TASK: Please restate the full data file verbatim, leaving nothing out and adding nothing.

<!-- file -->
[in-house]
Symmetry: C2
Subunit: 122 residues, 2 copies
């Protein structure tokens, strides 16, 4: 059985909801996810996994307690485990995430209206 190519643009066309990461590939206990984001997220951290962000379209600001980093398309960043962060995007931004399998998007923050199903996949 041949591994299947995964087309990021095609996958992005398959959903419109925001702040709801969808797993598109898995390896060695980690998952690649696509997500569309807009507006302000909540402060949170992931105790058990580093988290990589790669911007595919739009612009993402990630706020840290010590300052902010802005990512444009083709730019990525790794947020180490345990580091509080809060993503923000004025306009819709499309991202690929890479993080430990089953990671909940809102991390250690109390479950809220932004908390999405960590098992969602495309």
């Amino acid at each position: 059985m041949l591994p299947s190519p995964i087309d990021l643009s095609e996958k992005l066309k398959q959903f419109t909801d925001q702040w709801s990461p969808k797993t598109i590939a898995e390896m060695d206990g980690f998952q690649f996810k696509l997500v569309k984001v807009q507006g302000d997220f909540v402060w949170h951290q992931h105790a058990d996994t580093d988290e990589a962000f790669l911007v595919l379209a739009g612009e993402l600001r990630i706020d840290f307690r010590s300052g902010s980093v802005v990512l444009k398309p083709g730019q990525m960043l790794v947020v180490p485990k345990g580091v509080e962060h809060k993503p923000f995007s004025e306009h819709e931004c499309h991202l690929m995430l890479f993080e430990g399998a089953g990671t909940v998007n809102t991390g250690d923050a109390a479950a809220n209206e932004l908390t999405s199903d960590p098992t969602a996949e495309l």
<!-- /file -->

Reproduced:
[in-house]
Symmetry: C2
Subunit: 122 residues, 2 copies
């Protein structure tokens, strides 16, 4: 059985909801996810996994307690485990995430209206 190519643009066309990461590939206990984001997220951290962000379209600001980093398309960043962060995007931004399998998007923050199903996949 041949591994299947995964087309990021095609996958992005398959959903419109925001702040709801969808797993598109898995390896060695980690998952690649696509997500569309807009507006302000909540402060949170992931105790058990580093988290990589790669911007595919739009612009993402990630706020840290010590300052902010802005990512444009083709730019990525790794947020180490345990580091509080809060993503923000004025306009819709499309991202690929890479993080430990089953990671909940809102991390250690109390479950809220932004908390999405960590098992969602495309």
């Amino acid at each position: 059985m041949l591994p299947s190519p995964i087309d990021l643009s095609e996958k992005l066309k398959q959903f419109t909801d925001q702040w709801s990461p969808k797993t598109i590939a898995e390896m060695d206990g980690f998952q690649f996810k696509l997500v569309k984001v807009q507006g302000d997220f909540v402060w949170h951290q992931h105790a058990d996994t580093d988290e990589a962000f790669l911007v595919l379209a739009g612009e993402l600001r990630i706020d840290f307690r010590s300052g902010s980093v802005v990512l444009k398309p083709g730019q990525m960043l790794v947020v180490p485990k345990g580091v509080e962060h809060k993503p923000f995007s004025e306009h819709e931004c499309h991202l690929m995430l890479f993080e430990g399998a089953g990671t909940v998007n809102t991390g250690d923050a109390a479950a809220n209206e932004l908390t999405s199903d960590p098992t969602a996949e495309l």